One basic rationale for imposing income taxes on businesses is the “benefits received principle” — the notion that some taxes can be viewed as payment for services rendered by government to the taxpayer.  The owners of businesses benefit from state programs and activities that make possible or facilitate the operation of the business.  These services include public education (which helps provide the business with a productive workforce), the maintenance of a legal and regulatory system that enforces business contracts and discourages commercial fraud, and the provision of public transportation networks that enable businesses to obtain inputs and get their products to market.  The benefits received principle holds that business owners can be expected to pay state taxes to compensate the state for services like these that are provided to the business.  While in theory these taxes could be imposed on business owners directly (and in some instances are), the practical difficulties of taxing out-of-state owners of corporations has led most states to impose taxes on the corporations directly rather than seek to tax non-resident stockholders.

Taxing profits is only one possible approach to taxing businesses for the state services they — or their owners — receive.  Because businesses benefit from state services like education and roads whether they are profitable or not, it is entirely reasonable for states to impose some type of general business tax that does not depend upon business profitability.  Some 11 states, for example, impose a corporate minimum tax that is a fixed amount — ranging from $10 in Oregon to $2000 in New Jersey.  At least five states go further, and require businesses to pay the higher of a tax calculated as a percentage of profit (which of course is zero when the business has no profit) and a tax calculated on some other basis.  (In New York that alternative base is the business’ capital stock, in New Hampshire it is “value-added” within the business, and in Kentucky, Michigan, and New Jersey it is the business’ gross receipts minus some purchases from independent firms.)  Still other states impose both a corporate profits tax and a non-profits-based tax.  All three of these categories of taxes serve as a form of “alternative minimum tax” that ensures that all businesses pay something to support the public services from which they benefit, even if they are not profitable in a particular year.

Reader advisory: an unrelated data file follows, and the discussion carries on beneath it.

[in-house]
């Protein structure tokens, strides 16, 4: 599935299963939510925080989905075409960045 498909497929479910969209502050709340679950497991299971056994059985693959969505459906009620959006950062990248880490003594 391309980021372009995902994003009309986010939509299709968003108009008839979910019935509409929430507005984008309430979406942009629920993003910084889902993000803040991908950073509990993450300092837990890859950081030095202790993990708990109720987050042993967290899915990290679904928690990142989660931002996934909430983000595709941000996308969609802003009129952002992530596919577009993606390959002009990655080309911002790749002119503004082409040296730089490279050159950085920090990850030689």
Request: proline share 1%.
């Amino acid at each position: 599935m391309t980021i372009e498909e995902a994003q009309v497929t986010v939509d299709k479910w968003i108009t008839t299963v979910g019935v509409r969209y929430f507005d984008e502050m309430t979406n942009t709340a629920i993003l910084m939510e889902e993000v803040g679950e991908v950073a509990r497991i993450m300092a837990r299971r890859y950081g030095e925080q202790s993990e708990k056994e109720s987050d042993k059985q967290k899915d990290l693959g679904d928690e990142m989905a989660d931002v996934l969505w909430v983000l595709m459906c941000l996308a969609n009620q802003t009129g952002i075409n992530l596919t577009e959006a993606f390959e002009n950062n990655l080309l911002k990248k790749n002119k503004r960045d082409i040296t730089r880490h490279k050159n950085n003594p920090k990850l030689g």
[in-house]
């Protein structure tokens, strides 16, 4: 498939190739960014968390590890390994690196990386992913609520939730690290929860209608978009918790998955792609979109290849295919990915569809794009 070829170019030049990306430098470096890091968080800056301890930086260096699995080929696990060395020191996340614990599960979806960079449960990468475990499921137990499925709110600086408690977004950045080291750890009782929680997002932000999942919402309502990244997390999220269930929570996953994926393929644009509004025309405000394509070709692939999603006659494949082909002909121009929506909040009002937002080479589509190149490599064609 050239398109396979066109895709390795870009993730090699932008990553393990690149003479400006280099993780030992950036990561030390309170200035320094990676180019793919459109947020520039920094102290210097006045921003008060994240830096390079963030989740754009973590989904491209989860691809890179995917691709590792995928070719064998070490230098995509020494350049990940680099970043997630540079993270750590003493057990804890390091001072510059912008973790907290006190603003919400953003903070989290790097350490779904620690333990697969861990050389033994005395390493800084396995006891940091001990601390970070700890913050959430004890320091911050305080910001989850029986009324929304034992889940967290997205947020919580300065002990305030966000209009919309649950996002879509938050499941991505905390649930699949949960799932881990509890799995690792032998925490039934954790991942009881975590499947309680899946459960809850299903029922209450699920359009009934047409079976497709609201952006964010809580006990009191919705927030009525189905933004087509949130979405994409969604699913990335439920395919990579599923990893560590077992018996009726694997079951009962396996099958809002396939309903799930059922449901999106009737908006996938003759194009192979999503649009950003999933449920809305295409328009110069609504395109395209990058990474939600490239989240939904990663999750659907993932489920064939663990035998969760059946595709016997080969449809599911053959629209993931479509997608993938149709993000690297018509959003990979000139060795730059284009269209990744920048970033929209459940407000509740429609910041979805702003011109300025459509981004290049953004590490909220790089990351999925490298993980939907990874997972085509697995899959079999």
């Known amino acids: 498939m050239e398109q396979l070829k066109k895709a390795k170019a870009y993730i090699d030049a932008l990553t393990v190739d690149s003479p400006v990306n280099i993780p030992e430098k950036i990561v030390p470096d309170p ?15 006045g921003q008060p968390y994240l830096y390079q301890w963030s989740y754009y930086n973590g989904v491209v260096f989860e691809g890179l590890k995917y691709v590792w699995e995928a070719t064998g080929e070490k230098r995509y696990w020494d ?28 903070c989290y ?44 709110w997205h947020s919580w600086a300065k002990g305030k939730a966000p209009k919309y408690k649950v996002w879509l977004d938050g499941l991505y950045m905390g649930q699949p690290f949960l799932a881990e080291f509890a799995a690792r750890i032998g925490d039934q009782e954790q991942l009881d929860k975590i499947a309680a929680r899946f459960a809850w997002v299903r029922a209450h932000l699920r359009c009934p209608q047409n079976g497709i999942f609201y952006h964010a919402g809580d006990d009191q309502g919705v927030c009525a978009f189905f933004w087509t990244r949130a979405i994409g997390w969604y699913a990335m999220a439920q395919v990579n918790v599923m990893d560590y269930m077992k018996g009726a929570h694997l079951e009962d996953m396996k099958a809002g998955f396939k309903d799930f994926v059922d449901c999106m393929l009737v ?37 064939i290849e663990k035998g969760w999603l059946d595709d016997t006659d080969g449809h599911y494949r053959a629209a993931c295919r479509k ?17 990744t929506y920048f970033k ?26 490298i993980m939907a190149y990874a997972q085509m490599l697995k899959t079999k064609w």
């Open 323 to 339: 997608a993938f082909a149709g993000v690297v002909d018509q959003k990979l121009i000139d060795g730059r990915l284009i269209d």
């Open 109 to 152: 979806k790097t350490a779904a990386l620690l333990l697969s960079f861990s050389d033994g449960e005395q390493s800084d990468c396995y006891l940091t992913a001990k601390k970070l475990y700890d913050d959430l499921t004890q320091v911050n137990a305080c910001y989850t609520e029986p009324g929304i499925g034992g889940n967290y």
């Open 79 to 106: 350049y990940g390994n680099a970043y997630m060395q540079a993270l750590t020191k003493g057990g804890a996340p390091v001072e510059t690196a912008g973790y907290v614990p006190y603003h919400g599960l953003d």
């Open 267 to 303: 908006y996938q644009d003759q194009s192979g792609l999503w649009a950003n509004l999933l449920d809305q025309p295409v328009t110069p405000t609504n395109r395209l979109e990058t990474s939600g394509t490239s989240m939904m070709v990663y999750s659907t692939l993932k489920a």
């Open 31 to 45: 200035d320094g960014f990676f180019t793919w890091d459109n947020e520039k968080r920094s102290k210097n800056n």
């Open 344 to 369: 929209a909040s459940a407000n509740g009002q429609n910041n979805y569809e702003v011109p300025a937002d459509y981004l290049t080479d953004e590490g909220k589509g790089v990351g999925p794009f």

Allowing businesses to average taxable profits and losses over a number of years arguably is reasonable income tax policy.  Such a policy ensures that businesses that are not truly profitable over an extended period of time are not liable for income taxes merely because they have a profitable year or two.  Accepting such a policy does not mean, however, that unprofitable businesses should have no state tax obligations.  Again, the “benefits received principle” applies to profitable and unprofitable businesses alike.